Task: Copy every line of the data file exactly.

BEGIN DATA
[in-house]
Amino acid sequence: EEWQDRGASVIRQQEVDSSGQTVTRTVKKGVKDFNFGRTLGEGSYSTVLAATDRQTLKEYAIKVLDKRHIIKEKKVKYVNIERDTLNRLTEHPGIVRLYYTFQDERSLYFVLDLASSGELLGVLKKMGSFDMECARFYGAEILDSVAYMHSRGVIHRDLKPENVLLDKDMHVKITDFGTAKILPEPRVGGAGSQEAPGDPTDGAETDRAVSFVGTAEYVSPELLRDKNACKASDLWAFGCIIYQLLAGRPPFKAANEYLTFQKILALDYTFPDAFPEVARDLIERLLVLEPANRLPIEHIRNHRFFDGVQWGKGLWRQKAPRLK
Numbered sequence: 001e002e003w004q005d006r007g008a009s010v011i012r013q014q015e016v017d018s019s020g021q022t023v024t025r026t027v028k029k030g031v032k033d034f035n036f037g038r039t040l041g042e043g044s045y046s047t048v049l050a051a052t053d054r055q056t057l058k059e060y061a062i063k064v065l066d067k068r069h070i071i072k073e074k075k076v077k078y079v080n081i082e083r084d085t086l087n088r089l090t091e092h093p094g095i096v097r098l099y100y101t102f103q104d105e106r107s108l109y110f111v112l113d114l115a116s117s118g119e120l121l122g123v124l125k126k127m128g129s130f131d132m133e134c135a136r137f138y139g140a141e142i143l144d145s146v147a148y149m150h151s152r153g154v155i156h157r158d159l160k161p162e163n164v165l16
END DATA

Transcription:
[in-house]
Amino acid sequence: EEWQDRGASVIRQQEVDSSGQTVTRTVKKGVKDFNFGRTLGEGSYSTVLAATDRQTLKEYAIKVLDKRHIIKEKKVKYVNIERDTLNRLTEHPGIVRLYYTFQDERSLYFVLDLASSGELLGVLKKMGSFDMECARFYGAEILDSVAYMHSRGVIHRDLKPENVLLDKDMHVKITDFGTAKILPEPRVGGAGSQEAPGDPTDGAETDRAVSFVGTAEYVSPELLRDKNACKASDLWAFGCIIYQLLAGRPPFKAANEYLTFQKILALDYTFPDAFPEVARDLIERLLVLEPANRLPIEHIRNHRFFDGVQWGKGLWRQKAPRLK
Numbered sequence: 001e002e003w004q005d006r007g008a009s010v011i012r013q014q015e016v017d018s019s020g021q022t023v024t025r026t027v028k029k030g031v032k033d034f035n036f037g038r039t040l041g042e043g044s045y046s047t048v049l050a051a052t053d054r055q056t057l058k059e060y061a062i063k064v065l066d067k068r069h070i071i072k073e074k075k076v077k078y079v080n081i082e083r084d085t086l087n088r089l090t091e092h093p094g095i096v097r098l099y100y101t102f103q104d105e106r107s108l109y110f111v112l113d114l115a116s117s118g119e120l121l122g123v124l125k126k127m128g129s130f131d132m133e134c135a136r137f138y139g140a141e142i143l144d145s146v147a148y149m150h151s152r153g154v155i156h157r158d159l160k161p162e163n164v165l16